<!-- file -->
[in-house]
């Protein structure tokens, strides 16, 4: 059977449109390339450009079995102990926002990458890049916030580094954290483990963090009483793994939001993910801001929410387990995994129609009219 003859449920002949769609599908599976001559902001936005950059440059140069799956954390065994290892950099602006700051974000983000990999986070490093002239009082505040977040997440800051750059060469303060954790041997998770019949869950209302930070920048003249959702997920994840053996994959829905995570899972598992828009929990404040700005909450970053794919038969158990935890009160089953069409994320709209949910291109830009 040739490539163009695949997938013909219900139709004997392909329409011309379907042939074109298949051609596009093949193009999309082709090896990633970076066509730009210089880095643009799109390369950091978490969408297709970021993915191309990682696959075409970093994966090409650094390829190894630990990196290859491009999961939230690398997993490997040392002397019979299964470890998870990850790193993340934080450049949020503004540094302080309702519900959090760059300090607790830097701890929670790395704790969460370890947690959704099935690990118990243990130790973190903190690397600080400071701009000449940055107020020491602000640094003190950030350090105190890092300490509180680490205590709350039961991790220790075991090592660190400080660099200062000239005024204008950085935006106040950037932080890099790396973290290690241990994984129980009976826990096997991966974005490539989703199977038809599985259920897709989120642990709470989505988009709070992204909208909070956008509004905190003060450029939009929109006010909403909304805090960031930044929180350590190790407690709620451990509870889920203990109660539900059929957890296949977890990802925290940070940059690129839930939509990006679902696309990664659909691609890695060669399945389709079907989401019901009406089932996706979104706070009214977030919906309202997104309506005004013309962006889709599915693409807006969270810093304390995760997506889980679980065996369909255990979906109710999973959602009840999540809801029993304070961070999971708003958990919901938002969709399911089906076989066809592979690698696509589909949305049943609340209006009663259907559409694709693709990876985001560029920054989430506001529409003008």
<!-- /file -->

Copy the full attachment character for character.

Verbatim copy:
[in-house]
């Protein structure tokens, strides 16, 4: 059977449109390339450009079995102990926002990458890049916030580094954290483990963090009483793994939001993910801001929410387990995994129609009219 003859449920002949769609599908599976001559902001936005950059440059140069799956954390065994290892950099602006700051974000983000990999986070490093002239009082505040977040997440800051750059060469303060954790041997998770019949869950209302930070920048003249959702997920994840053996994959829905995570899972598992828009929990404040700005909450970053794919038969158990935890009160089953069409994320709209949910291109830009 040739490539163009695949997938013909219900139709004997392909329409011309379907042939074109298949051609596009093949193009999309082709090896990633970076066509730009210089880095643009799109390369950091978490969408297709970021993915191309990682696959075409970093994966090409650094390829190894630990990196290859491009999961939230690398997993490997040392002397019979299964470890998870990850790193993340934080450049949020503004540094302080309702519900959090760059300090607790830097701890929670790395704790969460370890947690959704099935690990118990243990130790973190903190690397600080400071701009000449940055107020020491602000640094003190950030350090105190890092300490509180680490205590709350039961991790220790075991090592660190400080660099200062000239005024204008950085935006106040950037932080890099790396973290290690241990994984129980009976826990096997991966974005490539989703199977038809599985259920897709989120642990709470989505988009709070992204909208909070956008509004905190003060450029939009929109006010909403909304805090960031930044929180350590190790407690709620451990509870889920203990109660539900059929957890296949977890990802925290940070940059690129839930939509990006679902696309990664659909691609890695060669399945389709079907989401019901009406089932996706979104706070009214977030919906309202997104309506005004013309962006889709599915693409807006969270810093304390995760997506889980679980065996369909255990979906109710999973959602009840999540809801029993304070961070999971708003958990919901938002969709399911089906076989066809592979690698696509589909949305049943609340209006009663259907559409694709693709990876985001560029920054989430506001529409003008």